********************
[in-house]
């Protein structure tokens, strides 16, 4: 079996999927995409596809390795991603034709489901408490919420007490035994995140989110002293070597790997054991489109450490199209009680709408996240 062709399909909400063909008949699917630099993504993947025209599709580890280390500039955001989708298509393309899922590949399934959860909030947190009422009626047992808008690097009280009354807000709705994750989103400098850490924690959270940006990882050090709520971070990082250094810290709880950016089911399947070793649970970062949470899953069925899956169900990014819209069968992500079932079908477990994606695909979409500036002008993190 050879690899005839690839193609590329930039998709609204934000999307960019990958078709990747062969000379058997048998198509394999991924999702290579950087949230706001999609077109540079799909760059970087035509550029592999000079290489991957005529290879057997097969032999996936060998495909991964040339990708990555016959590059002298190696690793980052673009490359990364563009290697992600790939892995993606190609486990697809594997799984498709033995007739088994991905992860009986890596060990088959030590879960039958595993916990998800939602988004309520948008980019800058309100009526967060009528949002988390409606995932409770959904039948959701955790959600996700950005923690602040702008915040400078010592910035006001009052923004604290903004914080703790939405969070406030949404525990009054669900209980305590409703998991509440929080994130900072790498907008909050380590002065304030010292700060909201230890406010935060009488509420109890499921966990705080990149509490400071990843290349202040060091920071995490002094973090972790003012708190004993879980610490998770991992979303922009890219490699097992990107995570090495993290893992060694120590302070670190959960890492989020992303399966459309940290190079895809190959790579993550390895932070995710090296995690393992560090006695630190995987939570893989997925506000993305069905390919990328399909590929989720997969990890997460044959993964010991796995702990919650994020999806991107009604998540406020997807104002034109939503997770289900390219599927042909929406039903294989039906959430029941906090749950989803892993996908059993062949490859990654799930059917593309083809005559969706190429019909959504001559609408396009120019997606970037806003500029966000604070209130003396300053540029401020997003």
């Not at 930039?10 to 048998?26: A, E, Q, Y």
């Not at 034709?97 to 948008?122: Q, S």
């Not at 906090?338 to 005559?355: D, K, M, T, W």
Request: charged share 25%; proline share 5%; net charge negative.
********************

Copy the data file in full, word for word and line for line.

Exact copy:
[in-house]
């Protein structure tokens, strides 16, 4: 079996999927995409596809390795991603034709489901408490919420007490035994995140989110002293070597790997054991489109450490199209009680709408996240 062709399909909400063909008949699917630099993504993947025209599709580890280390500039955001989708298509393309899922590949399934959860909030947190009422009626047992808008690097009280009354807000709705994750989103400098850490924690959270940006990882050090709520971070990082250094810290709880950016089911399947070793649970970062949470899953069925899956169900990014819209069968992500079932079908477990994606695909979409500036002008993190 050879690899005839690839193609590329930039998709609204934000999307960019990958078709990747062969000379058997048998198509394999991924999702290579950087949230706001999609077109540079799909760059970087035509550029592999000079290489991957005529290879057997097969032999996936060998495909991964040339990708990555016959590059002298190696690793980052673009490359990364563009290697992600790939892995993606190609486990697809594997799984498709033995007739088994991905992860009986890596060990088959030590879960039958595993916990998800939602988004309520948008980019800058309100009526967060009528949002988390409606995932409770959904039948959701955790959600996700950005923690602040702008915040400078010592910035006001009052923004604290903004914080703790939405969070406030949404525990009054669900209980305590409703998991509440929080994130900072790498907008909050380590002065304030010292700060909201230890406010935060009488509420109890499921966990705080990149509490400071990843290349202040060091920071995490002094973090972790003012708190004993879980610490998770991992979303922009890219490699097992990107995570090495993290893992060694120590302070670190959960890492989020992303399966459309940290190079895809190959790579993550390895932070995710090296995690393992560090006695630190995987939570893989997925506000993305069905390919990328399909590929989720997969990890997460044959993964010991796995702990919650994020999806991107009604998540406020997807104002034109939503997770289900390219599927042909929406039903294989039906959430029941906090749950989803892993996908059993062949490859990654799930059917593309083809005559969706190429019909959504001559609408396009120019997606970037806003500029966000604070209130003396300053540029401020997003």
């Not at 930039?10 to 048998?26: A, E, Q, Y």
């Not at 034709?97 to 948008?122: Q, S």
């Not at 906090?338 to 005559?355: D, K, M, T, W």
Request: charged share 25%; proline share 5%; net charge negative.